April showers bring May flowers and an abundance of exciting new books by debut fiction authors. There are so many interesting titles being published this month that it was difficult to choose which ones to highlight, so make sure you visit our catalog to see all the ones I couldn’t fit into this post.
“The Confessions of Frannie Langton” by Sara Collins
All of London is abuzz with the scandalous case of Frannie Langton, accused of the brutal double murder of her employers, renowned scientist George Benham and his eccentric French wife, Marguerite. Crowds pack the courtroom, eagerly following every twist, while the newspapers print lurid theories about the killings and the mysterious woman being tried at the Old Bailey.
The testimonies against Frannie are damning. She is a seductress, a witch, a master manipulator, a whore.
But Frannie claims she cannot recall what happened that fateful evening, even if remembering could save her life. She doesn’t know how she came to be covered in the victims’ blood. But she does have a tale to tell: a story of her childhood on a Jamaican plantation, her apprenticeship under a debauched scientist who stretched all bounds of ethics, and the events that brought her into the Benhams’ London home—and into a passionate and forbidden relationship.
Though her testimony may seal her conviction, the truth will unmask the perpetrators of crimes far beyond murder and indict the whole of English society itself.
“Tears of the Trufflepig” by Fernando A. Flores
A parallel universe. South Texas. A third border wall might be erected between the United States and Mexico, narcotics are legal and there’s a new contraband on the market: filtered animals—species of animals brought back from extinction to amuse the very wealthy.
Esteban Bellacosa has lived in the border town of MacArthur long enough to know to keep quiet and avoid the dangerous syndicates who make their money through trafficking. But his simple life gets complicated after a swashbuckling journalist invites him to an underground dinner at which filtered animals are served. Bellacosa soon finds himself in the middle of an increasingly perilous and surreal journey, in the course of which he encounters legends of the long-disappeared Aranaña Indian tribe and their object of worship: the mysterious Trufflepig, said to possess strange powers.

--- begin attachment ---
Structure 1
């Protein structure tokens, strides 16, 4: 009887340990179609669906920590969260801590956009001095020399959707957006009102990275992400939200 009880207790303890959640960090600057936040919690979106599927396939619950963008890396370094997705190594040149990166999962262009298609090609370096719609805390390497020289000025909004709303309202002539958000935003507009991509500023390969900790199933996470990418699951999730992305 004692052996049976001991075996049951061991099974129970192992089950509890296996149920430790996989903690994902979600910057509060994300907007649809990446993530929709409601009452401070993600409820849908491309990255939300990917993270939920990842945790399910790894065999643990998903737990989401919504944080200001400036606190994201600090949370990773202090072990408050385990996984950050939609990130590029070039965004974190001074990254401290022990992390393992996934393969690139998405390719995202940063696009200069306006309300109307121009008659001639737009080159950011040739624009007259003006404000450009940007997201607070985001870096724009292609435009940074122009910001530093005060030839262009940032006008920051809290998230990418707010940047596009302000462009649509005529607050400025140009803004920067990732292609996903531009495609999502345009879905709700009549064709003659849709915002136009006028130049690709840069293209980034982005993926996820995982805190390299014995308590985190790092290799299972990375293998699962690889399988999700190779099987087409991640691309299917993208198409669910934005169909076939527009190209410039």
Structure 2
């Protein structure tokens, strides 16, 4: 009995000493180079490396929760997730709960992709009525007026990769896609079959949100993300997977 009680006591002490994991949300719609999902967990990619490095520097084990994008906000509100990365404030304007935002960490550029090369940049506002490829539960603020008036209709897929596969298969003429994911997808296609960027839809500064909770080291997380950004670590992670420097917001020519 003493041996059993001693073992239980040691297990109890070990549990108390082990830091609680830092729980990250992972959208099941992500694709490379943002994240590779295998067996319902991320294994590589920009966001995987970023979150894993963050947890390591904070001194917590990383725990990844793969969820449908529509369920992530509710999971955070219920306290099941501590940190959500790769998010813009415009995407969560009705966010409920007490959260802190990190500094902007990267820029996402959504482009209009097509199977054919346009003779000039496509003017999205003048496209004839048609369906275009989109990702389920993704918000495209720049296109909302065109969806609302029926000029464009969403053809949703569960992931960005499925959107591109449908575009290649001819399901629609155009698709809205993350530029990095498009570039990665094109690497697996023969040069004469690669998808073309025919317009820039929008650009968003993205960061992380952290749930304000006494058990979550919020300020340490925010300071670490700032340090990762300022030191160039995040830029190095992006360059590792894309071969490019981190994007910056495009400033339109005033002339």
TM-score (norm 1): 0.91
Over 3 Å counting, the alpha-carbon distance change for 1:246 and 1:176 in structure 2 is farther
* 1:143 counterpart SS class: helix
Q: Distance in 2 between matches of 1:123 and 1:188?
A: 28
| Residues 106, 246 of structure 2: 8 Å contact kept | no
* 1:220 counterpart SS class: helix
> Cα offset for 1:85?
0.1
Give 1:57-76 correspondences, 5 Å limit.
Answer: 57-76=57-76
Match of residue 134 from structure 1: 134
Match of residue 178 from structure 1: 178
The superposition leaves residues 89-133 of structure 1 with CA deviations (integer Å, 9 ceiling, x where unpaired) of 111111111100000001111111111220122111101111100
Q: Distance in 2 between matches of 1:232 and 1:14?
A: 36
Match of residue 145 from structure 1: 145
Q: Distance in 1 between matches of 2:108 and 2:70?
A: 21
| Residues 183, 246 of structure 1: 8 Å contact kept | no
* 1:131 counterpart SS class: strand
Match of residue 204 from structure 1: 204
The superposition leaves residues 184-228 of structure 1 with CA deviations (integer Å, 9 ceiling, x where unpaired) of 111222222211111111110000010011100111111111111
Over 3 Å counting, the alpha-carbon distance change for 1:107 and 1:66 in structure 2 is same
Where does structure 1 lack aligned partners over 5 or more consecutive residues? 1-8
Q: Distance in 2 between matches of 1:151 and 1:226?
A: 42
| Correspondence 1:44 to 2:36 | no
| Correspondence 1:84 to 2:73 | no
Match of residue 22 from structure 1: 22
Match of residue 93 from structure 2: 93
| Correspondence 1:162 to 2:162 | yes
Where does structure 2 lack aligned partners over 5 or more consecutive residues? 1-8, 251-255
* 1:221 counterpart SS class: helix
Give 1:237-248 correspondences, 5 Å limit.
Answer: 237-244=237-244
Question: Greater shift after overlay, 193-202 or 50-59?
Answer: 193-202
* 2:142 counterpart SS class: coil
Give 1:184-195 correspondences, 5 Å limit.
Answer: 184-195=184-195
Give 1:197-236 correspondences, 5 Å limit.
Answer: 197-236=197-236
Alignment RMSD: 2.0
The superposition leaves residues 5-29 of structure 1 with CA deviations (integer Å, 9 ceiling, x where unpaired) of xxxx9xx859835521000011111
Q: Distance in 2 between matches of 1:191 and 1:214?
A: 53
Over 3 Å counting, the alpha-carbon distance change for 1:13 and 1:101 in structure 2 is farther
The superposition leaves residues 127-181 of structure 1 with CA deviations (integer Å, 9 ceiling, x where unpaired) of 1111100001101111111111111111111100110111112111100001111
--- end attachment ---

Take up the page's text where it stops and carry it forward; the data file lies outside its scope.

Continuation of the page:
“Vessel” by Lisa A. Nichols
After Catherine Wells’s ship experiences a deadly incident in deep space and loses contact with NASA, the entire world believes her dead. Miraculously—and mysteriously—she survived, but with little memory of what happened. Her reentry after a decade away is a turbulent one: her husband has moved on with another woman and the young daughter she left behind has grown into a teenager she barely recognizes. Catherine, too, is different. The long years alone changed her, and as she readjusts to being home she feels disconnected and even, at times, deep rage toward her family and colleagues. There are periods of time she can’t account for too. She begins waking up in increasingly strange and worrisome locations, like restricted areas of NASA. Suddenly she’s questioning everything that happened up in space: how her crewmates died, how she survived and what’s happening to her back on Earth.
“Red, White & Royal Blue” by Casey McQuiston
When his mother became President, Alex Claremont-Diaz was promptly cast as the American equivalent of a young royal. Handsome, charismatic, genius—his image is pure millennial-marketing gold for the White House. There’s only one problem: Alex has a beef with the actual prince, Henry, across the pond. And when the tabloids get hold of a photo involving an Alex-Henry altercation, U.S.- British relations take a turn for the worse.
Heads of family, state, and other handlers devise a plan for damage control: staging a truce between the two rivals. What at first begins as a fake, Instragramable friendship grows deeper, and more dangerous, than either Alex or Henry could have imagined. Soon Alex finds himself hurtling into a secret romance with a surprisingly unstuffy Henry that could derail the campaign, upend two nations and begs the question: Can love save the world after all? Where do we find the courage, and the power, to be the people we are meant to be? And how can we learn to let our true colors shine through? Casey McQuiston’s Red, White & Royal Blue proves: true love isn’t always diplomatic.
“How We Disappeared” by Jing-Jing Lee
Singapore, 1942. As Japanese troops sweep down Malaysia and into Singapore, a village is ransacked, leaving only two survivors and one tiny child.
In a neighboring village, seventeen-year-old Wang Di is strapped into the back of a troop carrier and shipped off to a Japanese military brothel where she is forced into sexual slavery as a “comfort woman.” After sixty years of silence, what she saw and experienced still haunts her.
In the year 2000, twelve-year-old Kevin is sitting beside his ailing grandmother when he overhears a mumbled confession. He sets out to discover the truth, wherever it might lead, setting in motion a chain of events he never could have foreseen.